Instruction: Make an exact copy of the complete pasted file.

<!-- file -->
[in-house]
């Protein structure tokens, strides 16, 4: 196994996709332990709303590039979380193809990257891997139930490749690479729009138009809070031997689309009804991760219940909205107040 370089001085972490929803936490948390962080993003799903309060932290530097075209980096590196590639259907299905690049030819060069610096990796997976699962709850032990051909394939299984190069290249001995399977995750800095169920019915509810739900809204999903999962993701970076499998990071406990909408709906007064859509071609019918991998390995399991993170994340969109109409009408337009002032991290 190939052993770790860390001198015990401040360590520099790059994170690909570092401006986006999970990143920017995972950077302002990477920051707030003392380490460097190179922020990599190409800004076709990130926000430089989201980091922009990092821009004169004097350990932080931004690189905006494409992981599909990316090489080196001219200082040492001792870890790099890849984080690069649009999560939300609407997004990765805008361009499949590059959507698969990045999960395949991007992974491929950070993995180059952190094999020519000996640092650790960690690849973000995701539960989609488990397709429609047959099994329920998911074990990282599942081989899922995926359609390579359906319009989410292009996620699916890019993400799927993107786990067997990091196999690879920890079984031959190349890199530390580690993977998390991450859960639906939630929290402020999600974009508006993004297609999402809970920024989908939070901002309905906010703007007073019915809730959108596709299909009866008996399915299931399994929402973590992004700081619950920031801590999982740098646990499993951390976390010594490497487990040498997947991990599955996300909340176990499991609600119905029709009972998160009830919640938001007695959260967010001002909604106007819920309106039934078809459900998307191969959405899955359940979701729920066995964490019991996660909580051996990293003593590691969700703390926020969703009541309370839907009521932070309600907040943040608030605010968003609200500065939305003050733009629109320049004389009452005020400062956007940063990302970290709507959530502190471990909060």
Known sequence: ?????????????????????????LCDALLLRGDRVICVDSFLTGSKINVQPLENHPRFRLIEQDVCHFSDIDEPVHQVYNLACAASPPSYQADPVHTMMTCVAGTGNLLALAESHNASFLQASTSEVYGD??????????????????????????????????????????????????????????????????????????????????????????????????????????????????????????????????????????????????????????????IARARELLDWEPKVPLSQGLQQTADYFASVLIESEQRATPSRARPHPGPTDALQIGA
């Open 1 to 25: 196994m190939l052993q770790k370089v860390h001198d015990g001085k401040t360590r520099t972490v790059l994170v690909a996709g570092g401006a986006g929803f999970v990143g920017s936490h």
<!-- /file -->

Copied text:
[in-house]
């Protein structure tokens, strides 16, 4: 196994996709332990709303590039979380193809990257891997139930490749690479729009138009809070031997689309009804991760219940909205107040 370089001085972490929803936490948390962080993003799903309060932290530097075209980096590196590639259907299905690049030819060069610096990796997976699962709850032990051909394939299984190069290249001995399977995750800095169920019915509810739900809204999903999962993701970076499998990071406990909408709906007064859509071609019918991998390995399991993170994340969109109409009408337009002032991290 190939052993770790860390001198015990401040360590520099790059994170690909570092401006986006999970990143920017995972950077302002990477920051707030003392380490460097190179922020990599190409800004076709990130926000430089989201980091922009990092821009004169004097350990932080931004690189905006494409992981599909990316090489080196001219200082040492001792870890790099890849984080690069649009999560939300609407997004990765805008361009499949590059959507698969990045999960395949991007992974491929950070993995180059952190094999020519000996640092650790960690690849973000995701539960989609488990397709429609047959099994329920998911074990990282599942081989899922995926359609390579359906319009989410292009996620699916890019993400799927993107786990067997990091196999690879920890079984031959190349890199530390580690993977998390991450859960639906939630929290402020999600974009508006993004297609999402809970920024989908939070901002309905906010703007007073019915809730959108596709299909009866008996399915299931399994929402973590992004700081619950920031801590999982740098646990499993951390976390010594490497487990040498997947991990599955996300909340176990499991609600119905029709009972998160009830919640938001007695959260967010001002909604106007819920309106039934078809459900998307191969959405899955359940979701729920066995964490019991996660909580051996990293003593590691969700703390926020969703009541309370839907009521932070309600907040943040608030605010968003609200500065939305003050733009629109320049004389009452005020400062956007940063990302970290709507959530502190471990909060």
Known sequence: ?????????????????????????LCDALLLRGDRVICVDSFLTGSKINVQPLENHPRFRLIEQDVCHFSDIDEPVHQVYNLACAASPPSYQADPVHTMMTCVAGTGNLLALAESHNASFLQASTSEVYGD??????????????????????????????????????????????????????????????????????????????????????????????????????????????????????????????????????????????????????????????IARARELLDWEPKVPLSQGLQQTADYFASVLIESEQRATPSRARPHPGPTDALQIGA
């Open 1 to 25: 196994m190939l052993q770790k370089v860390h001198d015990g001085k401040t360590r520099t972490v790059l994170v690909a996709g570092g401006a986006g929803f999970v990143g920017s936490h």